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dlnickel

join:2009-02-17
Los Angeles, CA

[ADSL2] George, Having trouble with the new Fusion Service

George,

Several days now with the Fusion Service, wild fluctuations on the DSL speed side. Tier 2 has been mostly great, but we have been unable to isolate the issue. The speeds are no where close to the "up to" speeds. The standard DSL was usually about 60 -70% of the published speed. Fusion is about 25 - 28% at best. Not real happy at the moment. Would you like me to send you my spreadsheet of time and date noted speeds (Speakeasy & DSL Reports). Or just publish them here?

Thanks,



NormanS
I gave her time to steal my mind away
Premium,MVM
join:2001-02-14
San Jose, CA
kudos:11
Reviews:
·SONIC.NET
·Pacific Bell - SBC

2 edits

How does your connection compare with this chart?

»New Fusion average speed/distance chart

I maintain two Sonic.net Fusion lines:


On ~9,156 foot loop.



On ~3,300 foot loop.








Sonic.net, LLC does not offer Fusion tiers. Speed is "up to" whatever the modem and DSLAM can settle for any given length of copper. If your speed is near the max for your loop length, I doubt if it can be improved much. Only if it falls short of the prediction, based on the linked chart, will improvement be possible.

I am pretty sure DSLX provides it the same way, because they are reselling it.

And if you already knew that, my apologies. I couldn't tell from your problem state if you did.

P.S. The published "up to" speed of 20 Mbps is ~85% of the theoretical ADSL2+ maximum of 24 Mbps; this is due to ATM overhead. What you will actually get is ~0.85xSync.

Looking at the "Speed/Distance" chart, at 9,156 feet, the speed curve intersects the distance at a little short of 6 MB; consistent with my modem sync rate. While my 5.05 Mbps on the long loop is only 25% of the advertised "up to" speed, it is very close to 0.85x5959, as expected for an ATM circuit.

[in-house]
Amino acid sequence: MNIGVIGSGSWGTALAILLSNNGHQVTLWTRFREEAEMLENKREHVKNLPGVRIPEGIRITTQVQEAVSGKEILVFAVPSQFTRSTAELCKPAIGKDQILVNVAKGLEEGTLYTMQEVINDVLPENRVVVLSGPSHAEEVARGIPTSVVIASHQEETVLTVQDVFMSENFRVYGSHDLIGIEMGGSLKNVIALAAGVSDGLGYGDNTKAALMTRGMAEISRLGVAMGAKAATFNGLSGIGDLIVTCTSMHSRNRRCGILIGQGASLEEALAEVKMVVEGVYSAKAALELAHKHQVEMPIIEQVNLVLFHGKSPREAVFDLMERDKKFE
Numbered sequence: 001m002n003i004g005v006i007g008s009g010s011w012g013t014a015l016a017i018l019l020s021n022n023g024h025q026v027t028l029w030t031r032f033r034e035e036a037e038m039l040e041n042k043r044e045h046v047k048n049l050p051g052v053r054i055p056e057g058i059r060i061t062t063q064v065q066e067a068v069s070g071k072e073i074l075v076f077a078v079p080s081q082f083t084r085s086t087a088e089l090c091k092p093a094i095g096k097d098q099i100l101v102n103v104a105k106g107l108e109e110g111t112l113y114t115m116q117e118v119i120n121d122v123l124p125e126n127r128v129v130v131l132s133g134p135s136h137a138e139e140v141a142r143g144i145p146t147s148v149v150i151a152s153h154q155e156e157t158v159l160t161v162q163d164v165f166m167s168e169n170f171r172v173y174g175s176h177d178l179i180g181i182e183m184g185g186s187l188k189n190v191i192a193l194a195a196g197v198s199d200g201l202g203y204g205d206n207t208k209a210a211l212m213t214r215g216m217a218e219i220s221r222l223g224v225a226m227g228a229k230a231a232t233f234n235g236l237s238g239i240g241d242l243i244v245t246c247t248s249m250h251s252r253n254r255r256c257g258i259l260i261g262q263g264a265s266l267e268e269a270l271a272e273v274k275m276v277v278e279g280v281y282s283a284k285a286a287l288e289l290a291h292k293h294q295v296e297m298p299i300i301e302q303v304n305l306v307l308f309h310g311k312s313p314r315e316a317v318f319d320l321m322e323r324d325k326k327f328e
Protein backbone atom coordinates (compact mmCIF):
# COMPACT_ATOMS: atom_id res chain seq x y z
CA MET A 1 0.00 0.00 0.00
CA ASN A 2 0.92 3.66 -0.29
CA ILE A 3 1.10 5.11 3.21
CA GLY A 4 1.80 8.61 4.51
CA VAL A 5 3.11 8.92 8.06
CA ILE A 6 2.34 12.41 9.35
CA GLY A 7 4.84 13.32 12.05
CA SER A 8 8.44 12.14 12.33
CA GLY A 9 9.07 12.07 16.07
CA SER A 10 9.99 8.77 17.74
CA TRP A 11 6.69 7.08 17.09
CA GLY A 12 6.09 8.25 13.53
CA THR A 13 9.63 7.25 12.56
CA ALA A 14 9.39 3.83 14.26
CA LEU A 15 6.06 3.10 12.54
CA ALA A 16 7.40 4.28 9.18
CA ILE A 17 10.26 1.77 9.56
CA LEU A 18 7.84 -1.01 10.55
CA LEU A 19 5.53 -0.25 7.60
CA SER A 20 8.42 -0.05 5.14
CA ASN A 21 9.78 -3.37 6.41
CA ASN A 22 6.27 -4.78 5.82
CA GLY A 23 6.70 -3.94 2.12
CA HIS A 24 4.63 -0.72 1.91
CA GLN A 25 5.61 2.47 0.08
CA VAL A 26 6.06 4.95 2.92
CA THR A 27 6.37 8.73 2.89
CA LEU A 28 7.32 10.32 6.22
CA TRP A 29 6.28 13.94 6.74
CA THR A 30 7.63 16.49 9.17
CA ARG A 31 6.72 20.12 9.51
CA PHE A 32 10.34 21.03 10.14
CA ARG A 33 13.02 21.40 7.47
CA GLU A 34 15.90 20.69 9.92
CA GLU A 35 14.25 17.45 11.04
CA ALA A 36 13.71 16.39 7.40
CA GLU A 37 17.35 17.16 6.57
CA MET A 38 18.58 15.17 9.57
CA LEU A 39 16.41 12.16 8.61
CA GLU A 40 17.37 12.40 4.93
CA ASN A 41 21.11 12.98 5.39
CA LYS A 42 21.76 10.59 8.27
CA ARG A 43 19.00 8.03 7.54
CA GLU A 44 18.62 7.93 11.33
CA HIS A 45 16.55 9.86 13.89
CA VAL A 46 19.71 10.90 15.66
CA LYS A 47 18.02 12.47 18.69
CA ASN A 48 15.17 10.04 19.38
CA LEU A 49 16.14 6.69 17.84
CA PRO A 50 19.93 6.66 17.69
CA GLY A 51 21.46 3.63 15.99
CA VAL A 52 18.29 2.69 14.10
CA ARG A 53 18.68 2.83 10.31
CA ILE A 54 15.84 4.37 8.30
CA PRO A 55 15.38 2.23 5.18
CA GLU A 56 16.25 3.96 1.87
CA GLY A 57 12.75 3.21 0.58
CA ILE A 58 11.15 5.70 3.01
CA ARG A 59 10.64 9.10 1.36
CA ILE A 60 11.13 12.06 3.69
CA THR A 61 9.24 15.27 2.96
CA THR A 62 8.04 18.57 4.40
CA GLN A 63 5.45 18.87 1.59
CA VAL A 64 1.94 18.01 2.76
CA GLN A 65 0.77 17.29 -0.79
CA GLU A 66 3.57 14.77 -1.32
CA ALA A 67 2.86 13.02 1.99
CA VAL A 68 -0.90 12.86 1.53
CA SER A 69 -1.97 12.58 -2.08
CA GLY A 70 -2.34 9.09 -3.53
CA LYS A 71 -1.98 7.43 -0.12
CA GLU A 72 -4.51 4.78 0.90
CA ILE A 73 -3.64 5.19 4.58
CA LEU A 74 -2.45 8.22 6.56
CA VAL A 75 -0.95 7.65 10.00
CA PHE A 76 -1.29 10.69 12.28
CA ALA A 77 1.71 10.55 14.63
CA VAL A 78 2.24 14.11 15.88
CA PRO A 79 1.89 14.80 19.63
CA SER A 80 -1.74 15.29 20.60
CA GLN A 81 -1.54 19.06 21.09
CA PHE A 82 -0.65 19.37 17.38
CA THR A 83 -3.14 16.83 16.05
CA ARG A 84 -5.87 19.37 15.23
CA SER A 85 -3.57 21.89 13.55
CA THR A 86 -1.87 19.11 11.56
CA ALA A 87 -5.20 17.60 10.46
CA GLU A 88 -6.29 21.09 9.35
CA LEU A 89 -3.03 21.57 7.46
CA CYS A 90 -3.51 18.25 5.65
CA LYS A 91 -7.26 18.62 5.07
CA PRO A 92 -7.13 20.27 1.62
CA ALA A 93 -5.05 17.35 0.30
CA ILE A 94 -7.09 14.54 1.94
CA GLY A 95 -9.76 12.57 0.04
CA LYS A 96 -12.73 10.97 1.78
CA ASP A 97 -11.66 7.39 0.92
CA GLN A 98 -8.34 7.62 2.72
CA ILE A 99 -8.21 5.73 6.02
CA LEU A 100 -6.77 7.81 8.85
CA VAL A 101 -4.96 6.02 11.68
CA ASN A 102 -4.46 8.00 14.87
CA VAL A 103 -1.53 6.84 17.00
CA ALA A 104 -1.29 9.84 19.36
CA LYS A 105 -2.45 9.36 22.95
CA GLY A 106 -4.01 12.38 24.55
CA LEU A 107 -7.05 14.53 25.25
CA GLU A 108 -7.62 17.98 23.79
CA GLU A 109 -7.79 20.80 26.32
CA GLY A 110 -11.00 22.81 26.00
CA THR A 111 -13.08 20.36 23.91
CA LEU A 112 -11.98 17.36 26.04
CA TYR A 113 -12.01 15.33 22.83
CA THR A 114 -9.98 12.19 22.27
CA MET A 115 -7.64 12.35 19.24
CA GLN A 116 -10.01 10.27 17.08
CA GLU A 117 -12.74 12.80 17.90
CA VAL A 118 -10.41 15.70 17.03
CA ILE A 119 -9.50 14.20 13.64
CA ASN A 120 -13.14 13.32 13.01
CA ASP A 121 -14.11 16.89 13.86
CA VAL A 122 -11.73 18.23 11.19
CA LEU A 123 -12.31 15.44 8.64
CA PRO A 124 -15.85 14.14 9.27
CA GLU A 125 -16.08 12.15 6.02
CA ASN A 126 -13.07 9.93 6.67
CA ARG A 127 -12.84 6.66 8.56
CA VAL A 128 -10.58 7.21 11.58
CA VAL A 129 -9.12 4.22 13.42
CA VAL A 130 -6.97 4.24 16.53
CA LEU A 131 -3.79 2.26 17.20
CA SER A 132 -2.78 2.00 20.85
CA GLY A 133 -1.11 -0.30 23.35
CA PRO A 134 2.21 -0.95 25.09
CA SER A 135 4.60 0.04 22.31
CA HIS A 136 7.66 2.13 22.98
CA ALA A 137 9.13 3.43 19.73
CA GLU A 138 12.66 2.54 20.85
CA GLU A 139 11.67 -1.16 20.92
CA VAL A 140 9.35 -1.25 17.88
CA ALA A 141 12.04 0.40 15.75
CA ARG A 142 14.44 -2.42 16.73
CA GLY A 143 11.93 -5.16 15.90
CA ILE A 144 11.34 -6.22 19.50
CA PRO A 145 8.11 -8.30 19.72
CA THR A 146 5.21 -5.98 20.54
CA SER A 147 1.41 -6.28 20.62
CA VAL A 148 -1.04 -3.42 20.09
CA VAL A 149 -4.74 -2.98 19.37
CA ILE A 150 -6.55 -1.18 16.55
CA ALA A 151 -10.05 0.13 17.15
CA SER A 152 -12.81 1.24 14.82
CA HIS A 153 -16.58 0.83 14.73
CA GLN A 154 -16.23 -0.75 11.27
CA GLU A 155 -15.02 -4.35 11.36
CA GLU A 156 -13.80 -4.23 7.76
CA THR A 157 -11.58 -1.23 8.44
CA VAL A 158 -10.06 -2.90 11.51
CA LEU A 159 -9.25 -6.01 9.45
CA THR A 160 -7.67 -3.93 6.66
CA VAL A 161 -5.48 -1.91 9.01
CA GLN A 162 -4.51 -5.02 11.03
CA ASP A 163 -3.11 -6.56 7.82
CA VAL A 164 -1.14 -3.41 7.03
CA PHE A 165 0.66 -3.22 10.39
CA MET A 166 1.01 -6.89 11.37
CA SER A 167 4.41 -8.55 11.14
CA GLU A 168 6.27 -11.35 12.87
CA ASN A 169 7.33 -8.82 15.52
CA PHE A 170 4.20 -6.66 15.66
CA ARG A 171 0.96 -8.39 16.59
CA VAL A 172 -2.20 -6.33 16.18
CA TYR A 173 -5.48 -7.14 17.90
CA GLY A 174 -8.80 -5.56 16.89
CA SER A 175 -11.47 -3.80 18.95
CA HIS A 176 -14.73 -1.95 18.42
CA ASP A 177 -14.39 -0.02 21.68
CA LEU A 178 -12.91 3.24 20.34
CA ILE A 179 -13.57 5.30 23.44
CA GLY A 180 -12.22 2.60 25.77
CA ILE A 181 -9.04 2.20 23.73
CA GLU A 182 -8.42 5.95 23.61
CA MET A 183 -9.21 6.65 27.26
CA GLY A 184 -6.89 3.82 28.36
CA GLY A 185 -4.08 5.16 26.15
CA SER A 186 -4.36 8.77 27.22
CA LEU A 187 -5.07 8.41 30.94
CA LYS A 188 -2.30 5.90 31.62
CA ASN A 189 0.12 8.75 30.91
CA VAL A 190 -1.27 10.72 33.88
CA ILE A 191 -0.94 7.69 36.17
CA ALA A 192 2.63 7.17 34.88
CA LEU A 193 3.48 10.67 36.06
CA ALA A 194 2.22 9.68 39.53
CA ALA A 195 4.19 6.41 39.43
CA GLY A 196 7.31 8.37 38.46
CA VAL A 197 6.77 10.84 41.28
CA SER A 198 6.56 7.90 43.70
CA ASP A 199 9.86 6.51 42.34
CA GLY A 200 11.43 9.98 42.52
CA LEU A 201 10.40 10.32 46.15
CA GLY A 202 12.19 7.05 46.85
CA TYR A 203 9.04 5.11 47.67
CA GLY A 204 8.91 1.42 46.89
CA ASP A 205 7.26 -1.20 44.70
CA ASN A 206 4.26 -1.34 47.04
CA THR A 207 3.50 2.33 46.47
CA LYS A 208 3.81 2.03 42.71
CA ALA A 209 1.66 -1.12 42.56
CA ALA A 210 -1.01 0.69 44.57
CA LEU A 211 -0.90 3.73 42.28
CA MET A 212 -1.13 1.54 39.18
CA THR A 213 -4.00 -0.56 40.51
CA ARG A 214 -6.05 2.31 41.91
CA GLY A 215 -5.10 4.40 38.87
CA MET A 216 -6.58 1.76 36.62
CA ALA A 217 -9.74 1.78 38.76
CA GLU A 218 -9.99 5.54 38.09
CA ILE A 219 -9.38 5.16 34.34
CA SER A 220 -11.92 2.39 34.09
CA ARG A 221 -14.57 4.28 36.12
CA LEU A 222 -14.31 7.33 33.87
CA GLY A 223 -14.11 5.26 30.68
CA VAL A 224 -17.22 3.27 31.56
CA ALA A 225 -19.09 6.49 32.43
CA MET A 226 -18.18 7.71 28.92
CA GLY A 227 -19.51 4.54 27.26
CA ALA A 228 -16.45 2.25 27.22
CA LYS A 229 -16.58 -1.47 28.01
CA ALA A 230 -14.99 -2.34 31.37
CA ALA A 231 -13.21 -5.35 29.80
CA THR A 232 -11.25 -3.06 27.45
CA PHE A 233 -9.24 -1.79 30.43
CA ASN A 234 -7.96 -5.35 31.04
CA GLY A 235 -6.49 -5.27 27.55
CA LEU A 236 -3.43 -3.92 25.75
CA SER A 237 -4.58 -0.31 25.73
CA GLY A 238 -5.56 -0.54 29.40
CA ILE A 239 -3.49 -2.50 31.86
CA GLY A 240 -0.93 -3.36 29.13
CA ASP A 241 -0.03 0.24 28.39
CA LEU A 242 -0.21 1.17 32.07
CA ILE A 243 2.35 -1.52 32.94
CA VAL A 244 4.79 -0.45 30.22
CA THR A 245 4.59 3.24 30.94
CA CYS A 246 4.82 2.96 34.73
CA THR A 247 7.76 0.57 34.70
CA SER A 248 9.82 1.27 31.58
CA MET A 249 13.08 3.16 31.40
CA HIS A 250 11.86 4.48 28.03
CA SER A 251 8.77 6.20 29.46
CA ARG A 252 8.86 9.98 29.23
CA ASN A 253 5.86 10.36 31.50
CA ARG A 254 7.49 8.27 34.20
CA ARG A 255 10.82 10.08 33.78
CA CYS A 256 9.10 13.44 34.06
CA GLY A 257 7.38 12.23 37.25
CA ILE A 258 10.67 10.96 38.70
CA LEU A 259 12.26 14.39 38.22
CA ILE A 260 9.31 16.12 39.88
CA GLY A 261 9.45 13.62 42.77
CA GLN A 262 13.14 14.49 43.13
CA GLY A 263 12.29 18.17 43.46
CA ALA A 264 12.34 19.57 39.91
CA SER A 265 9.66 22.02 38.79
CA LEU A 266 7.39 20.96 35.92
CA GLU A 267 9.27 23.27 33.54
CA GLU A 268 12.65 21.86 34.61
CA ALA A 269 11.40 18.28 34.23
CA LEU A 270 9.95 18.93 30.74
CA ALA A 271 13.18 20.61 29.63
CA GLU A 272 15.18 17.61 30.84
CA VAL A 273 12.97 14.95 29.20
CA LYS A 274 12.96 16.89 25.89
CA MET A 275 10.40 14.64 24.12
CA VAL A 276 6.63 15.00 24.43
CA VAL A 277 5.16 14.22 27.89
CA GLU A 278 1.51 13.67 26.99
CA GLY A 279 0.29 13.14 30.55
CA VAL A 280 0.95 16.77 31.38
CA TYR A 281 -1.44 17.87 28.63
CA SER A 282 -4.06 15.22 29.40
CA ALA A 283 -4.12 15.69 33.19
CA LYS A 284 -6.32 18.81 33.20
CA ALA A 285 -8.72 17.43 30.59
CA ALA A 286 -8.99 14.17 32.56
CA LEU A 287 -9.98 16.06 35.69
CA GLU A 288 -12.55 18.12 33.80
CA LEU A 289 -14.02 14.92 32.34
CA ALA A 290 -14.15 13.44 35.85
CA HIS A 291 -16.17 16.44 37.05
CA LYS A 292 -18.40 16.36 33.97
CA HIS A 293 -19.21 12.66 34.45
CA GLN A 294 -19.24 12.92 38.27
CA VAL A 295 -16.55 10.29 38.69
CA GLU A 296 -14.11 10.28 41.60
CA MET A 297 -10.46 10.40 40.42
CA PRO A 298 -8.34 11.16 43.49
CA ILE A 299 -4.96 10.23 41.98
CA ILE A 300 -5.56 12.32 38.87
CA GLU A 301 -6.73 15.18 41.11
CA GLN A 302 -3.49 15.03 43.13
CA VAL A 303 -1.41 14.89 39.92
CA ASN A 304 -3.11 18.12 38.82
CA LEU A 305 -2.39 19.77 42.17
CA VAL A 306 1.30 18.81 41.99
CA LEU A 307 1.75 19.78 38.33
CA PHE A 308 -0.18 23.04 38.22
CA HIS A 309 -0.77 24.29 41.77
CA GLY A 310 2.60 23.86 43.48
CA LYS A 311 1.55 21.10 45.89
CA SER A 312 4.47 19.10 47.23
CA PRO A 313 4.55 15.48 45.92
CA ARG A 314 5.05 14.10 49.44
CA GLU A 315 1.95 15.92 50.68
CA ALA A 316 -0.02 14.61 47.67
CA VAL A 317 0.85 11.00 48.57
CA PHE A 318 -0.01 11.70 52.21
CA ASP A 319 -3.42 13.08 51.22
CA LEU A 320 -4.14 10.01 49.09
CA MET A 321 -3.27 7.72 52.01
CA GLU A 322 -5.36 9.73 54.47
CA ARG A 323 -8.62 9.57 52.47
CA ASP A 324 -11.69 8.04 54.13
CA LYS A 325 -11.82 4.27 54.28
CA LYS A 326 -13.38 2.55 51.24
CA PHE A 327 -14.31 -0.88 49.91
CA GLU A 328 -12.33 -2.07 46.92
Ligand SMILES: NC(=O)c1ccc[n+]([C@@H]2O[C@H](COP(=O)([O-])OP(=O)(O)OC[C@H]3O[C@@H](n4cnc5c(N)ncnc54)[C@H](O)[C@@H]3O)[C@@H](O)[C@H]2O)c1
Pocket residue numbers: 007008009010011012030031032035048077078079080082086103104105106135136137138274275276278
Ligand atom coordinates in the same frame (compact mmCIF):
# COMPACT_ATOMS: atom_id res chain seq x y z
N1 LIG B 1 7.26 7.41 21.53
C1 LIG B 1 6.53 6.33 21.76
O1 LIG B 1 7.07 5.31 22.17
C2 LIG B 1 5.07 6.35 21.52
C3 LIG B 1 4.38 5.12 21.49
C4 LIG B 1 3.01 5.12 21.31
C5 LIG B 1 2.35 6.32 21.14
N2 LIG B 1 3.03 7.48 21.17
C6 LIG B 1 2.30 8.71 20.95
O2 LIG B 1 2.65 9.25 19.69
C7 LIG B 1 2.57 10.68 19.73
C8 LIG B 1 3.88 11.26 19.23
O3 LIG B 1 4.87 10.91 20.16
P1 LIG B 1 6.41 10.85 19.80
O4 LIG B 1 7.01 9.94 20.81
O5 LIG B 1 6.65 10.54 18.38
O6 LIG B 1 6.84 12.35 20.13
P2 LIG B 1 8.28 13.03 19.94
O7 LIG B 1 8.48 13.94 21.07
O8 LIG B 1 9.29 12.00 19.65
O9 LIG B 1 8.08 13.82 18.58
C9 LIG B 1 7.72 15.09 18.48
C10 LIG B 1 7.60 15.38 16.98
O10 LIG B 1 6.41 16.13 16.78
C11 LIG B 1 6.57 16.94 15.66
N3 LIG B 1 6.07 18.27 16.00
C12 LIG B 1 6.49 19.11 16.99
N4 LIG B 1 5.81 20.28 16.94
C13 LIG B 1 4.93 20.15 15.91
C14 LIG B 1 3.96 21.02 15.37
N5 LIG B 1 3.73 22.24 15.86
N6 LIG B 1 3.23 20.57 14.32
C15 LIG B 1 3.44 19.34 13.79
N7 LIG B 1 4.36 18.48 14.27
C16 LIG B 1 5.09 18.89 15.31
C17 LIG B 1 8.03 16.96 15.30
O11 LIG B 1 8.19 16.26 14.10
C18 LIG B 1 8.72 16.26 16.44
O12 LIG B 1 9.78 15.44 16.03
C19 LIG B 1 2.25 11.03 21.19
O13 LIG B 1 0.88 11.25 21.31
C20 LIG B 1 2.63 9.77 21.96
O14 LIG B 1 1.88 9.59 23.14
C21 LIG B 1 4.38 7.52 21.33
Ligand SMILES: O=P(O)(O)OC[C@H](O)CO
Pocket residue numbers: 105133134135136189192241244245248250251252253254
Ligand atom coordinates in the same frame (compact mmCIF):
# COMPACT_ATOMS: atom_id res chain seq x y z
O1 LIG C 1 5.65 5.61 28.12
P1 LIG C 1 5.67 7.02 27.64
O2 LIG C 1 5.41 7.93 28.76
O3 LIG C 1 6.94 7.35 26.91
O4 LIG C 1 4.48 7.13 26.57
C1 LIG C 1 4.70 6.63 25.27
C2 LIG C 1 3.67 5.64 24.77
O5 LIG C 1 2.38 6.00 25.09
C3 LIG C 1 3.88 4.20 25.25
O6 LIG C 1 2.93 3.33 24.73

BTW, that 5.05 MB speed is just about double what AT&T delivered on the same copper pair. At about half the AT&T price.
--
Norman
~Oh Lord, why have you come
~To Konnyu, with the Lion and the Drum


dslx_nick
Premium,VIP
join:2011-12-24
Chatsworth, CA
kudos:27
reply to dlnickel

George isn't in the office today, but if you want you can send those speed recordings to me.

Unfortunately, I think I know what the real issue is. We both already know from past experience that your circuit is very far out, at the edge of where we can offer 1.5 on traditional DSL, so I'm not surprised that your speed is on the low end of the scale. Our Fusion service is uncapped, which means loop length and physical line quality are the factors which would be keeping your speed down - and we already know your loop length is very long. The maximum speed we'll be able to deliver to your location, based on current physical characteristics, is about 3 Mbps - which is certainly an optimized reading, given that your line would strain to reach 1.5 on traditional DSL at that distance. On a particularly good day, the bit rate is able to sync up to higher speeds (I'm seeing 3.4 right now), but that isn't a stable benchmark that I expect it'll be able to maintain; you most likely will see fluctuations below that.

One word of practical advice I can offer: if you notice the speed has dropped down significantly below where you expect it to be (3 Mbps or so), try powercycling the modem. When the modem originally syncs up, it tries to maintain its current speed and settings, only gradually adjusting its settings to match changes in the line quality. If/when the line quality fluctuates drastically for the worse, that can cause the line to 'over-extend' itself, causing it to try to maintain a speed that it cannot quite handle under its then-current condition. Much like a car going uphill vs. going downhill without changing gears or adjusting how hard you press on the gas pedal, this can cause speed changes and even problems; you may notice the speed gets choppy or you may get disconnected intermittently. If you get disconnected completely, the modem will then adjust its settings to re-sync to the current (worse) line conditions - just like a car changing gear when going up a hill. Once the line quality improves, the modem will not immediately jump back to its former, higher speed settings - but powercycling it will force it to re-evaluate the line and adjust its settings accordingly, and may get it back to its previous, higher speed faster. So, I don't recommend powercyling it frequently, but if you run into a rough patch, a quick powercycle might kick it back into a 'high gear'.


dlnickel

join:2009-02-17
Los Angeles, CA
reply to NormanS

Hi Norman,